As enterprise architects, we need to have clarity of vision to see what is and to chart a way ahead for the organization. Yet, we live amidst polarities and paradoxes, which are challenges for every enterprise architect to see through.
In the book The Empty Raincoat, by Charles Handy, the author identifies nine paradoxes that we need not only be aware of, but also be focused on, so that we can find a better way forward for ourselves, our enterprises, and society.
Here are the top six paradoxes (of nine) of our time:
- Intelligence—“brains are replacing brawn…knowledge and know-how is the new source of wealth, [yet] it is impossible to give people intelligence by decree, to redistribute it. It is not even possible to leave it to your children when you die…It is not possible to take this new form of intelligence away from anyone. Intelligence is sticky…nor is it possible to own someone else’s intelligence…It is hard to prevent the brains walking out the door if they want to…intelligence is a leaky form of property. [Finally,] intelligence tends to go where intelligence is. Well educated people give their families good education.”
- Work—“some have work and money, but too little time, while others have all he time, but no work and no money…we also use money as the measure of efficiency. Our organizations, therefore want the most work for the least money while individuals typically want the most money for the least work.”
- Productivity—“productivity means ever more and ever better work from ever fewer people…as more and more people get pushed out or leave organizations…[they] do for themselves, what they used to pay others to do for them.” In a sense the newly unemployed stifle market demand and further growth.
- Time—“we never seem to have enough time, yet there has never been so much time available to us. We live longer and we use less time to make and do things as we get more efficient…[yet] we have created an insidious cycle of work and spend, as people increasing look to consumption to give satisfaction and even meaning to their lives.”
- Riches—“economic growth depends, ultimately, on more and more people wanting more and more and more things…If , however, we look only at the rich societies, we see them producing fewer babies every year and living longer. Fewer babies mean fewer customers, eventually, while living longer lives mean, usually poorer and more choosy customers.”
- Organizations—“more than ever, they need to be global and local at the same time, to be small in some ways but big in others, to be centralized some of the time and decentralized most of it. They expect their workers to be more autonomous and more of a team, their managers to be more delegating and more controlling…they have to be planned yet flexible, be differentiated and integrated at the same time, be mass-marketers while catering for many niches, they must introduce new technology, but allow workers to be masters of their own destiny; they must find ways to get variety and quality and fashion, and all at low-cost.”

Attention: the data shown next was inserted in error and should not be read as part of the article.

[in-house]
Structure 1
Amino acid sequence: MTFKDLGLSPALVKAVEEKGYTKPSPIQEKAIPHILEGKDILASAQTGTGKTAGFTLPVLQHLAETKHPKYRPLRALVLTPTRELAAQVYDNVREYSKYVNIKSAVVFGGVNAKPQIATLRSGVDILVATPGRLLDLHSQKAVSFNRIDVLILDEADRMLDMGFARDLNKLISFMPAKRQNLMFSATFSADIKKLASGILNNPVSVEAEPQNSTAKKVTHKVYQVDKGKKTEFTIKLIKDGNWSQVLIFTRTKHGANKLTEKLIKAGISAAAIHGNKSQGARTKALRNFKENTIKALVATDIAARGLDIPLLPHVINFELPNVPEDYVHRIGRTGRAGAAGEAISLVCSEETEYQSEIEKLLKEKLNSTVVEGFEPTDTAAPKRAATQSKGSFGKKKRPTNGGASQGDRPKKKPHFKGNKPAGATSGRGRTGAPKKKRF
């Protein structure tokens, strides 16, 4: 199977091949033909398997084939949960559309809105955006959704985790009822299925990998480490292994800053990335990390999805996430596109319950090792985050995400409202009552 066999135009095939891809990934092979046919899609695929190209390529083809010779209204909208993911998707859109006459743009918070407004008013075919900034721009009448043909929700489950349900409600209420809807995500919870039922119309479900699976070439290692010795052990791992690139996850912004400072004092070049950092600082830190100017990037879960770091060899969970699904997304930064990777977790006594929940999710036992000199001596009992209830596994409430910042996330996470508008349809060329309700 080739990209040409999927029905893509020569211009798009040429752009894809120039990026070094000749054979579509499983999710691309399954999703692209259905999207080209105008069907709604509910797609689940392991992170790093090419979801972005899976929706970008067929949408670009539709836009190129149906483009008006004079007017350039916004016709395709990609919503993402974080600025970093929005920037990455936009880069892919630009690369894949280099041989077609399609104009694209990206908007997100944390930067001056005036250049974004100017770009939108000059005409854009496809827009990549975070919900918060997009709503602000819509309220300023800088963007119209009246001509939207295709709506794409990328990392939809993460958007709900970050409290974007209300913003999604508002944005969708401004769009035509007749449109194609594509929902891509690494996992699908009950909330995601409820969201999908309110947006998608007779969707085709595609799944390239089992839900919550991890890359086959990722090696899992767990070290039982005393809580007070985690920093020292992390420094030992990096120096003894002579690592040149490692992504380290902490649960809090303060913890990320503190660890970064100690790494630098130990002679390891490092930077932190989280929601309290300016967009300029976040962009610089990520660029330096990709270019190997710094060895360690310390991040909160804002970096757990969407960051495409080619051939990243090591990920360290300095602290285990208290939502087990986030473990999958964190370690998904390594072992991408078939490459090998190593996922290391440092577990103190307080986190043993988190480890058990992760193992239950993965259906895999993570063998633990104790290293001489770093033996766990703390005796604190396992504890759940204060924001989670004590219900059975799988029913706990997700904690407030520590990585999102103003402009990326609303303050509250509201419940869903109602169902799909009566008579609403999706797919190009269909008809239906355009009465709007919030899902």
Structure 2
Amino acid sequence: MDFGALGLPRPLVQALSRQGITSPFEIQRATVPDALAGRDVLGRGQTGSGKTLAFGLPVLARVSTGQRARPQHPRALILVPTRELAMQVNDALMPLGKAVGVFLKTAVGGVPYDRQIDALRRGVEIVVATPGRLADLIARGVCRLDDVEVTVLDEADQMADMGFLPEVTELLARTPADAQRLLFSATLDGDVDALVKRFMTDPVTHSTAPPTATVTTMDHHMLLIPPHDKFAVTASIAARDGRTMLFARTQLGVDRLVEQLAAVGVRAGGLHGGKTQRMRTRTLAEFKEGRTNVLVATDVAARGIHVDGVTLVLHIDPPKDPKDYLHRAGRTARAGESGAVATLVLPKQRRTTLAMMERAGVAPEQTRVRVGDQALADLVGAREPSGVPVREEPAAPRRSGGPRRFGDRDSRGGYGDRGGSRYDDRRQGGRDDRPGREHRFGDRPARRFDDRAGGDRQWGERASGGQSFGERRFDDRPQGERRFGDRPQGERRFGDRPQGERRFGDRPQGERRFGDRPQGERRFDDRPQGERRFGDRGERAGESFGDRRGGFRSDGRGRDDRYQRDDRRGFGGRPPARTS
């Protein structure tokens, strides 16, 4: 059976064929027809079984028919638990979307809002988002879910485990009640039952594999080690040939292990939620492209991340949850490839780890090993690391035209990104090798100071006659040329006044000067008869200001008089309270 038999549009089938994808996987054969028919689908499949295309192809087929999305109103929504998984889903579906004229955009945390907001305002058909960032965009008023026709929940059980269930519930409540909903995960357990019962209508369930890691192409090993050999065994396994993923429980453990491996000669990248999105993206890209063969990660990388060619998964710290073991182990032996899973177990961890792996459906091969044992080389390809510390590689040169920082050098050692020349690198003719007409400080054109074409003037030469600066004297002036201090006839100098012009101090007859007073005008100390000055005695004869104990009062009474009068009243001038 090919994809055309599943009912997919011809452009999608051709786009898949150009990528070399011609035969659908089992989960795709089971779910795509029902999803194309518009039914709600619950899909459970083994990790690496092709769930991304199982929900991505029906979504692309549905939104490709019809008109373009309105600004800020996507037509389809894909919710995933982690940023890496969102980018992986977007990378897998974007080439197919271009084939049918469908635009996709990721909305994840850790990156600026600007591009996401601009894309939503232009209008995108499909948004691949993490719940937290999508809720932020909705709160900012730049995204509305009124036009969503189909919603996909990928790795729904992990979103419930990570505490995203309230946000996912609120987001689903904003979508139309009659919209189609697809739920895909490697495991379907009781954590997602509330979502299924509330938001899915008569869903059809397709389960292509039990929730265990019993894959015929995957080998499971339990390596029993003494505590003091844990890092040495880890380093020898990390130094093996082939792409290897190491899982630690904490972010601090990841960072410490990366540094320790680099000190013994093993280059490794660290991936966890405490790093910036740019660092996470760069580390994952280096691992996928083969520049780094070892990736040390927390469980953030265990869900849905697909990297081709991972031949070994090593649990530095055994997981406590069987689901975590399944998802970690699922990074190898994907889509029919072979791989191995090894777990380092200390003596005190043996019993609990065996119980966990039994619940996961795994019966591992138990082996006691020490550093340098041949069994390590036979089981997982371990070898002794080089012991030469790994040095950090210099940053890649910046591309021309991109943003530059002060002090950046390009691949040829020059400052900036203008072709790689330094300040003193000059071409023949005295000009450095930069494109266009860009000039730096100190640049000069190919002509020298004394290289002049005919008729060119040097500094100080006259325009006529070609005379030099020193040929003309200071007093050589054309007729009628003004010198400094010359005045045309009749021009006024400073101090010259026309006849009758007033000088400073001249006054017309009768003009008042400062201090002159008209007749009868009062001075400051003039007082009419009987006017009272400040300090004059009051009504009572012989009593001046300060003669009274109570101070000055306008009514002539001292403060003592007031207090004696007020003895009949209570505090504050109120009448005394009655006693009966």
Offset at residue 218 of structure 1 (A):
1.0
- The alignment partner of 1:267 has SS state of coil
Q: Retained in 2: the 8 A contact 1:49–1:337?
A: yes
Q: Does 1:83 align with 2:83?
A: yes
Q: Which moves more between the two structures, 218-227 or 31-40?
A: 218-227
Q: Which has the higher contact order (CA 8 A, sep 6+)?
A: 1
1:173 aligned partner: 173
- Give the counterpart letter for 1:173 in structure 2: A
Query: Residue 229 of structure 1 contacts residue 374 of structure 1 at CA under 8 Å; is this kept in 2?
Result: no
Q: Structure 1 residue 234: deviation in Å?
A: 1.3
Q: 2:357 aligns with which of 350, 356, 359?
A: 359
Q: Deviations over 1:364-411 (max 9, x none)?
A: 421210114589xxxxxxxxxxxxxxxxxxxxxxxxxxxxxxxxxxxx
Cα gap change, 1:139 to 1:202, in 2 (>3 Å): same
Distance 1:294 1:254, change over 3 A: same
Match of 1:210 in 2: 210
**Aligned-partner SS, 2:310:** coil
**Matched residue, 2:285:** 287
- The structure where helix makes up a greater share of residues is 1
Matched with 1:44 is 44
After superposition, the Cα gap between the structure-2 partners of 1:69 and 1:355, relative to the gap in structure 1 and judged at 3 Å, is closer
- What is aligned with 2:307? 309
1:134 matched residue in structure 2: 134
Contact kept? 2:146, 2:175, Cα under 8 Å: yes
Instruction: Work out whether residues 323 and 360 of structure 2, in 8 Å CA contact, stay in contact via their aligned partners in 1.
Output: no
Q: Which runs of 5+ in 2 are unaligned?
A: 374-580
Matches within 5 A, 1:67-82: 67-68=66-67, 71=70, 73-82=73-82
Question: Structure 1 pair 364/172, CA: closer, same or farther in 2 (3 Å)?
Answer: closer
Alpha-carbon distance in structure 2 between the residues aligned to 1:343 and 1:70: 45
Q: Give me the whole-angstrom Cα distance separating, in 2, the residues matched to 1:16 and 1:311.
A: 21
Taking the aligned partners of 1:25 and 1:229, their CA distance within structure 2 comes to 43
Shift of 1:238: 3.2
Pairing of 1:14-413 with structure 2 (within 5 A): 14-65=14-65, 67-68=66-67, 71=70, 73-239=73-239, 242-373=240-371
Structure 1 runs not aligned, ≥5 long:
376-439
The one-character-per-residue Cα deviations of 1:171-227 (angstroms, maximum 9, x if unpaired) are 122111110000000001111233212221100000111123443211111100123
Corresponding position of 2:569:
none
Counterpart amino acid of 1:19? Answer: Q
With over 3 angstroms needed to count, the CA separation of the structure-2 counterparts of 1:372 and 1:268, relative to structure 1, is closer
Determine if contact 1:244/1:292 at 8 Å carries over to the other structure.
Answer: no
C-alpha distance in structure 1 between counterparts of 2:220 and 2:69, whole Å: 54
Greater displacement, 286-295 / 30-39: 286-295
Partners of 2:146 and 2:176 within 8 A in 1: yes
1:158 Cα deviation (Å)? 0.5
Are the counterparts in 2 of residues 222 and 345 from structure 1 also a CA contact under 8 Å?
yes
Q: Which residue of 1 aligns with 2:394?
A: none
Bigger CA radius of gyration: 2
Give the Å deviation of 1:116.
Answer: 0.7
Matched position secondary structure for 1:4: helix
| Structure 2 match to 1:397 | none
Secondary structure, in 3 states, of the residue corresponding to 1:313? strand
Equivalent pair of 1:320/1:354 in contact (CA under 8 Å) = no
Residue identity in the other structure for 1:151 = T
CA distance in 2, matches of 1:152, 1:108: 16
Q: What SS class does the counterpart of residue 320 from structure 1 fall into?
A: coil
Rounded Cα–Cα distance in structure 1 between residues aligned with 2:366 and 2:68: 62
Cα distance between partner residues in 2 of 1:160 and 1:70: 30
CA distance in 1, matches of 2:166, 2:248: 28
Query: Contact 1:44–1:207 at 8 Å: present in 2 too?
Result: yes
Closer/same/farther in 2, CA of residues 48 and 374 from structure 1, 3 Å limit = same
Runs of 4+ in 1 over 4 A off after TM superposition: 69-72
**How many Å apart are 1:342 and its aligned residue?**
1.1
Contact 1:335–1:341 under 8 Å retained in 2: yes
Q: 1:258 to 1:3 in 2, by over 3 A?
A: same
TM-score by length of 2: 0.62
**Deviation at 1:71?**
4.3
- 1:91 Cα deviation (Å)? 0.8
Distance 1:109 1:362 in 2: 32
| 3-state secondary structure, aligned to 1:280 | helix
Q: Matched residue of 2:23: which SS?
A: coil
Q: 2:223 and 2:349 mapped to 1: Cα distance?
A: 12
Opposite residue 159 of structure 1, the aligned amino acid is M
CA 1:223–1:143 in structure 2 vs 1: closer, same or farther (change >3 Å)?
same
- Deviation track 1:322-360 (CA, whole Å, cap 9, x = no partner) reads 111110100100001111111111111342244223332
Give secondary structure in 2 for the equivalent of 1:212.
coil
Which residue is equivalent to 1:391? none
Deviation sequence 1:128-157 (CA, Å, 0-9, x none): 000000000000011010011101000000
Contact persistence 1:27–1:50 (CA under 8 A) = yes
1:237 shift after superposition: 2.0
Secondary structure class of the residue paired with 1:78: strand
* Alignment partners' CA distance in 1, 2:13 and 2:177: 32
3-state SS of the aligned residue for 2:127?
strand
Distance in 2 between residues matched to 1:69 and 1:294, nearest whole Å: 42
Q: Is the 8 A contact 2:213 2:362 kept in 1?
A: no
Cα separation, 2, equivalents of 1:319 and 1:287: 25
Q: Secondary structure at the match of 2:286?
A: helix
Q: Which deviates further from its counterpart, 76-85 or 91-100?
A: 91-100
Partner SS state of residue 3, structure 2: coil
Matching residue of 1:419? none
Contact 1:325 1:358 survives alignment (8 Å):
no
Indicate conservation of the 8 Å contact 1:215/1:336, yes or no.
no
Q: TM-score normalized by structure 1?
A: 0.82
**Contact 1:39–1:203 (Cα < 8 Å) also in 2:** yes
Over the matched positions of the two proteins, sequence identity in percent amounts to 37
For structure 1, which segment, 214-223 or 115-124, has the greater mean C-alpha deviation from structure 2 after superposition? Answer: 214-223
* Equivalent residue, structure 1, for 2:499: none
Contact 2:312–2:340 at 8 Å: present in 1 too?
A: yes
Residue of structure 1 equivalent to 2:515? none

Can we as enterprise architects ever resolve these paradoxes?
While, we cannot resolve the polarities of society, we can find ways to balance them, move between the extremes “intelligently,” as appropriate for the situation, and search for better way to adapt. We do this not only to survive, but to help our organizations and society thrive in spite of the paradoxes. “Life will never be easy, nor perfectible, nor completely predictable. It will be best understood backwards [20-20 hindsight], but we have to live it forwards. To make it livable, at all levels, we have to learn to use paradoxes, to balance the contradictions and the inconsistencies and to use them as an invitation to find a better way.”
So as architects what specifically can we do?
As architects, we are advisors to the Chief Information Officer (from a technology-business alignment perspective), Chief Financial Officer (from an IT investment perspective), and to the Chief Procurement Officer and Line of Business Program Managers (from an IT execution standpoint) and other organizational decision-makers. In this advisory role, we can help point out the polarities and paradoxes that may be driving the organization one way or the other, or actually in a conflicting, bi-directional manner. As advisors, we can highlight gaps, redundancies, inefficiencies, and opportunities and suggest ways to improve or capitalize on this. But most importantly of all, by having a structured way of thinking about IT planning and governance, we can provide a perspective to the organization that may otherwise be neglected or trashed (in favor of operations), and we can provide clarity to the organization in terms of planning and governance processes, when the organization may otherwise just be blowing around in the wind of universal contention.
“There are kings [executives] and there are prophets [architects]…the kings have the power and the prophets have the principles…but every king needs his prophet, to help him, and increasingly her, keep a clear head amidst all the confusions…prophets in spite of their name, do not foretell the future. No one can do that…What prophets can do is tell the truth as they see it.”